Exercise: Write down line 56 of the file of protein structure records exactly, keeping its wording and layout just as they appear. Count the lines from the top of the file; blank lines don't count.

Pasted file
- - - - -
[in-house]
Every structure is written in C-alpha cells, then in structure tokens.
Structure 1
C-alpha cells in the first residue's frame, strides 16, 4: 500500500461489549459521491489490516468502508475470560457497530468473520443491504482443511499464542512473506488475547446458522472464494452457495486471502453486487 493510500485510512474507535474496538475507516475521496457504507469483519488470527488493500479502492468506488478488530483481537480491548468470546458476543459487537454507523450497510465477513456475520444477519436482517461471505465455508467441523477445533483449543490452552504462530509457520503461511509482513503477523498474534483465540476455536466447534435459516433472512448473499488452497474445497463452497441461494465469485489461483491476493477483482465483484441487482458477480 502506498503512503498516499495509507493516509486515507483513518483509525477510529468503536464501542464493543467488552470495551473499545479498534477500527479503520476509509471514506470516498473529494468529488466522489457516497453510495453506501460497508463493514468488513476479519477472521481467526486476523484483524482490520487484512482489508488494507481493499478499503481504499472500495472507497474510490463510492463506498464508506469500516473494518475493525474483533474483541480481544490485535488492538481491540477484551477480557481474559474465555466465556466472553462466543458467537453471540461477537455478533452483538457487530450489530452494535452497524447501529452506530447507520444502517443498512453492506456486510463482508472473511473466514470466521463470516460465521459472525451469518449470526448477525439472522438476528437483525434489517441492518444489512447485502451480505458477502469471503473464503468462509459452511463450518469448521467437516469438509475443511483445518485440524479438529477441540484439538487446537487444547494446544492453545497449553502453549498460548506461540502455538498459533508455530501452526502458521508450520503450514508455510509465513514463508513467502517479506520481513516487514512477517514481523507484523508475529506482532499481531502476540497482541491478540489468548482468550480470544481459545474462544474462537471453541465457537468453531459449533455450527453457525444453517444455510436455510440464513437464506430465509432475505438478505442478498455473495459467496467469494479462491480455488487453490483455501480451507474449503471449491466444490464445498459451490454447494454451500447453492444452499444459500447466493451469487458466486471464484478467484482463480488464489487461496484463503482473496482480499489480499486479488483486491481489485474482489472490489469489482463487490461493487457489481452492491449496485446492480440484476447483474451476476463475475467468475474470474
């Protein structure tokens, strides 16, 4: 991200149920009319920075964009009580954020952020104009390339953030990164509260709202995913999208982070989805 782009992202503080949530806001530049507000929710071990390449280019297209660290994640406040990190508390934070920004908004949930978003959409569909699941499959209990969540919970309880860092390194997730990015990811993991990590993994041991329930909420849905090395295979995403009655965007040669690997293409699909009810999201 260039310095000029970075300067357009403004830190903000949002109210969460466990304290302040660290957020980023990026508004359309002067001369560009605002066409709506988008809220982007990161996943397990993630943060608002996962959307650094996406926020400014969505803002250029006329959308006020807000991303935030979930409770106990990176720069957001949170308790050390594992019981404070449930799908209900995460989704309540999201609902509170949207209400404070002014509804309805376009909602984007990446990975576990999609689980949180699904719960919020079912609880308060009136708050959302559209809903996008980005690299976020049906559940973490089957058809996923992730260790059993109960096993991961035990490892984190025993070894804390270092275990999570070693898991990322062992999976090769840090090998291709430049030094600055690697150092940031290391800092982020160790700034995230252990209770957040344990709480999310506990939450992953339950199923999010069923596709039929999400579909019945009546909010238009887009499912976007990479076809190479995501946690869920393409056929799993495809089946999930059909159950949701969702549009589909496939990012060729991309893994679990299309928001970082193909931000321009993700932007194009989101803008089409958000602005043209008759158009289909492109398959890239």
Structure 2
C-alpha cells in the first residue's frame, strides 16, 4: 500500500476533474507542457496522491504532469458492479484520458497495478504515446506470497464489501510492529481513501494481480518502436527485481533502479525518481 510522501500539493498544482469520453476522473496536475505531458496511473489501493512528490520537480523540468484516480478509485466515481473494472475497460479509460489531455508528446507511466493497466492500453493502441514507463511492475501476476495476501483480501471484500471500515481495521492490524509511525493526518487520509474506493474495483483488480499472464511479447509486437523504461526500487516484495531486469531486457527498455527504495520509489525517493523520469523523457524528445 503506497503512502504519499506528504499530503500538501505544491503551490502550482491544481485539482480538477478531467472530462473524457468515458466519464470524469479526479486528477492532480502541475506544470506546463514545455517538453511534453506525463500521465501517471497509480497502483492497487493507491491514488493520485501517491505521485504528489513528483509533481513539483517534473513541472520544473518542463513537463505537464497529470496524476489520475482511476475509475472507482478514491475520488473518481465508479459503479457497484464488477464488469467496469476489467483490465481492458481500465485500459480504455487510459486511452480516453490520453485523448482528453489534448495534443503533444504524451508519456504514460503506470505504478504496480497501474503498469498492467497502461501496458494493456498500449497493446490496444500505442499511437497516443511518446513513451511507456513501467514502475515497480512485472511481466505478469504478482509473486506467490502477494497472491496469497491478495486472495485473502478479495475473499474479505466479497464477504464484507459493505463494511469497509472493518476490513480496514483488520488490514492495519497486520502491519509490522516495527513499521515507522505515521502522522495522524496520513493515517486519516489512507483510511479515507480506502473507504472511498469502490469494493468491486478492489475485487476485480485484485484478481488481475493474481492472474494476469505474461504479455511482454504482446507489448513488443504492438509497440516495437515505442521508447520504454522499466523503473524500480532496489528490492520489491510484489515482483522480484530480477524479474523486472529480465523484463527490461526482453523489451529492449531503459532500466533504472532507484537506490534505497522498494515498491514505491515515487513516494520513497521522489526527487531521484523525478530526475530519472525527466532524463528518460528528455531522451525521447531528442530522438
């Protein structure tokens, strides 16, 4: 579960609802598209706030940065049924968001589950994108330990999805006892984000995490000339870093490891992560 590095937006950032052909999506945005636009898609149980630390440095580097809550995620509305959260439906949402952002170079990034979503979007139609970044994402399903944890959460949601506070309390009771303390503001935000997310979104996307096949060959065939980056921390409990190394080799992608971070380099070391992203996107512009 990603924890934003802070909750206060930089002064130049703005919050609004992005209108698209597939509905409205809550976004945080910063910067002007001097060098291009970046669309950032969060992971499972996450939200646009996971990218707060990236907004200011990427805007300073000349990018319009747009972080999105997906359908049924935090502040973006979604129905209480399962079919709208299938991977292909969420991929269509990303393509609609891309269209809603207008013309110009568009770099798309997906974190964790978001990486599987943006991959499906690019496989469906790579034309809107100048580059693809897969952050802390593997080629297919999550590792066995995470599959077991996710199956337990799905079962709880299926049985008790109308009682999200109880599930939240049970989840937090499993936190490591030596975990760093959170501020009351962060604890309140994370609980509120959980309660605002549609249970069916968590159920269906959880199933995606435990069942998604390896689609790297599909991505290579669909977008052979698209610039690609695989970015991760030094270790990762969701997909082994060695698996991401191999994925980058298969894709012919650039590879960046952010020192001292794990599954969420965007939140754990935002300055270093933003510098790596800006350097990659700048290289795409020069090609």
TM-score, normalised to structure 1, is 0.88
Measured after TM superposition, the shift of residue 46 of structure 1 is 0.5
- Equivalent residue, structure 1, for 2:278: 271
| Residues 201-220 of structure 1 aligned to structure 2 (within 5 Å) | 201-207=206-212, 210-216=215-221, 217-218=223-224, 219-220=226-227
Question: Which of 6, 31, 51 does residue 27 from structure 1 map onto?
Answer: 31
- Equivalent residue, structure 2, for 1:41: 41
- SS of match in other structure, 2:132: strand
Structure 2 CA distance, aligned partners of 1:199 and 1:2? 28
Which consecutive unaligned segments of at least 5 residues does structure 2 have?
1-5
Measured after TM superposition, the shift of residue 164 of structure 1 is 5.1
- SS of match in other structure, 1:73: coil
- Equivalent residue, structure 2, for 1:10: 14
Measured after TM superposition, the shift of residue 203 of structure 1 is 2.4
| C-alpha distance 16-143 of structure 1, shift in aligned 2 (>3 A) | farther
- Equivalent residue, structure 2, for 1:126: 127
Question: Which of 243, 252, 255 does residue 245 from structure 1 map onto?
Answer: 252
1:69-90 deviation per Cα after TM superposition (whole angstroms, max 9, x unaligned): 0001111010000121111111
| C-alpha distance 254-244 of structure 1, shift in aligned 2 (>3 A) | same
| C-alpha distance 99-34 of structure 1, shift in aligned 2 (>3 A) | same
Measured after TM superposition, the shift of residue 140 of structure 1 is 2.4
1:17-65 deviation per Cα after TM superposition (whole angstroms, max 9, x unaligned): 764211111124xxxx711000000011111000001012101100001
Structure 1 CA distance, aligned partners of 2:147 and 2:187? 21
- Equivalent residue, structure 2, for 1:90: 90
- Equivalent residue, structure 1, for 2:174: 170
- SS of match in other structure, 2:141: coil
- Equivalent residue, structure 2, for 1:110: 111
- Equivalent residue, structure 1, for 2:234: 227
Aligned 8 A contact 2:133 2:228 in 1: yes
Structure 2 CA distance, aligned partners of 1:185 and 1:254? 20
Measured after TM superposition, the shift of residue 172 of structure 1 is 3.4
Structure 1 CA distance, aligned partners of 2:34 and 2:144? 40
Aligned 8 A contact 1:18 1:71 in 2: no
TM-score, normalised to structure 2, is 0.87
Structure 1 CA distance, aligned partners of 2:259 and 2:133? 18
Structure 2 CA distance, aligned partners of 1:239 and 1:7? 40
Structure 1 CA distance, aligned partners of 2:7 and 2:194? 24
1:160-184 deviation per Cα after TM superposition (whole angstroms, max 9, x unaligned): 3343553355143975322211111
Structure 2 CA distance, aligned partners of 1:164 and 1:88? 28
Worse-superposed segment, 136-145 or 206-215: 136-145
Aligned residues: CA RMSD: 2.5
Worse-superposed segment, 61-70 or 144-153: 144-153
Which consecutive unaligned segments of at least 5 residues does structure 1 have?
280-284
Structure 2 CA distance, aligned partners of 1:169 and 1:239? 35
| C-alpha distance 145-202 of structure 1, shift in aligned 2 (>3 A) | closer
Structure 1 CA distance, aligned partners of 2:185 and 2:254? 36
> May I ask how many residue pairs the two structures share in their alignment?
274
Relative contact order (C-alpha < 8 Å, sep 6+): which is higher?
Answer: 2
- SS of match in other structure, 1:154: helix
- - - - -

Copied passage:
| C-alpha distance 145-202 of structure 1, shift in aligned 2 (>3 A) | closer